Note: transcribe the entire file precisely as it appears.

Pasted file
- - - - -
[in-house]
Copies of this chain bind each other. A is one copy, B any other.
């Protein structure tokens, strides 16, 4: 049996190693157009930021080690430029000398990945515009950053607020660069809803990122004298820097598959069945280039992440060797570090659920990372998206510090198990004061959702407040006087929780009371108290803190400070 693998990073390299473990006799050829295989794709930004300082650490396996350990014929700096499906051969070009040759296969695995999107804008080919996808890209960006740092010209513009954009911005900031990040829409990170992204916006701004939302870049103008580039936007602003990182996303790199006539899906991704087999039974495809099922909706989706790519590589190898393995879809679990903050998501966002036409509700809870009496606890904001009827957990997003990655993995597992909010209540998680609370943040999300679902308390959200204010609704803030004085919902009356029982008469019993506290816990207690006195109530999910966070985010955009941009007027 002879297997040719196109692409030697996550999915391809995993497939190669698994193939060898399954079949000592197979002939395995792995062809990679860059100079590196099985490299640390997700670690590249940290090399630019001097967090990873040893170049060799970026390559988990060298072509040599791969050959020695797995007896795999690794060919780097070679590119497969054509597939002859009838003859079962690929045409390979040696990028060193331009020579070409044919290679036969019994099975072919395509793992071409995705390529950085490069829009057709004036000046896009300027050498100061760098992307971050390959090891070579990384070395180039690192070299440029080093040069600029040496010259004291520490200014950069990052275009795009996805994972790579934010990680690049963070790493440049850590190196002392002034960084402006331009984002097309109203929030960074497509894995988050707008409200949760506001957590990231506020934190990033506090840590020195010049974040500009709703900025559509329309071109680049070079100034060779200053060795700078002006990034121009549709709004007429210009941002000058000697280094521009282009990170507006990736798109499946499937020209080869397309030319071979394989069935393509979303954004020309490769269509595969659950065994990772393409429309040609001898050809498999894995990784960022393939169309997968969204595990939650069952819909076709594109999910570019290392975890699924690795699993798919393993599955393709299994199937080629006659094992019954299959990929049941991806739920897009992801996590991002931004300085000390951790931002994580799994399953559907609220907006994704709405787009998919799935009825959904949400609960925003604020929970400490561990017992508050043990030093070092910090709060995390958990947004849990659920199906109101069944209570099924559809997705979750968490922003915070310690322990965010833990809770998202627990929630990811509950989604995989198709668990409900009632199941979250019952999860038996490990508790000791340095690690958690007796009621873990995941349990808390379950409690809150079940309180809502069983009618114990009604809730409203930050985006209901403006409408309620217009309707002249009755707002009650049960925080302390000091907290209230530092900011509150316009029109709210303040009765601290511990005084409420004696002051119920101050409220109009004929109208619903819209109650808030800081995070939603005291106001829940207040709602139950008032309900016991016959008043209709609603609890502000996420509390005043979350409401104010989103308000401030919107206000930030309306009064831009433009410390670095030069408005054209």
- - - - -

[in-house]
Copies of this chain bind each other. A is one copy, B any other.
């Protein structure tokens, strides 16, 4: 049996190693157009930021080690430029000398990945515009950053607020660069809803990122004298820097598959069945280039992440060797570090659920990372998206510090198990004061959702407040006087929780009371108290803190400070 693998990073390299473990006799050829295989794709930004300082650490396996350990014929700096499906051969070009040759296969695995999107804008080919996808890209960006740092010209513009954009911005900031990040829409990170992204916006701004939302870049103008580039936007602003990182996303790199006539899906991704087999039974495809099922909706989706790519590589190898393995879809679990903050998501966002036409509700809870009496606890904001009827957990997003990655993995597992909010209540998680609370943040999300679902308390959200204010609704803030004085919902009356029982008469019993506290816990207690006195109530999910966070985010955009941009007027 002879297997040719196109692409030697996550999915391809995993497939190669698994193939060898399954079949000592197979002939395995792995062809990679860059100079590196099985490299640390997700670690590249940290090399630019001097967090990873040893170049060799970026390559988990060298072509040599791969050959020695797995007896795999690794060919780097070679590119497969054509597939002859009838003859079962690929045409390979040696990028060193331009020579070409044919290679036969019994099975072919395509793992071409995705390529950085490069829009057709004036000046896009300027050498100061760098992307971050390959090891070579990384070395180039690192070299440029080093040069600029040496010259004291520490200014950069990052275009795009996805994972790579934010990680690049963070790493440049850590190196002392002034960084402006331009984002097309109203929030960074497509894995988050707008409200949760506001957590990231506020934190990033506090840590020195010049974040500009709703900025559509329309071109680049070079100034060779200053060795700078002006990034121009549709709004007429210009941002000058000697280094521009282009990170507006990736798109499946499937020209080869397309030319071979394989069935393509979303954004020309490769269509595969659950065994990772393409429309040609001898050809498999894995990784960022393939169309997968969204595990939650069952819909076709594109999910570019290392975890699924690795699993798919393993599955393709299994199937080629006659094992019954299959990929049941991806739920897009992801996590991002931004300085000390951790931002994580799994399953559907609220907006994704709405787009998919799935009825959904949400609960925003604020929970400490561990017992508050043990030093070092910090709060995390958990947004849990659920199906109101069944209570099924559809997705979750968490922003915070310690322990965010833990809770998202627990929630990811509950989604995989198709668990409900009632199941979250019952999860038996490990508790000791340095690690958690007796009621873990995941349990808390379950409690809150079940309180809502069983009618114990009604809730409203930050985006209901403006409408309620217009309707002249009755707002009650049960925080302390000091907290209230530092900011509150316009029109709210303040009765601290511990005084409420004696002051119920101050409220109009004929109208619903819209109650808030800081995070939603005291106001829940207040709602139950008032309900016991016959008043209709609603609890502000996420509390005043979350409401104010989103308000401030919107206000930030309306009064831009433009410390670095030069408005054209």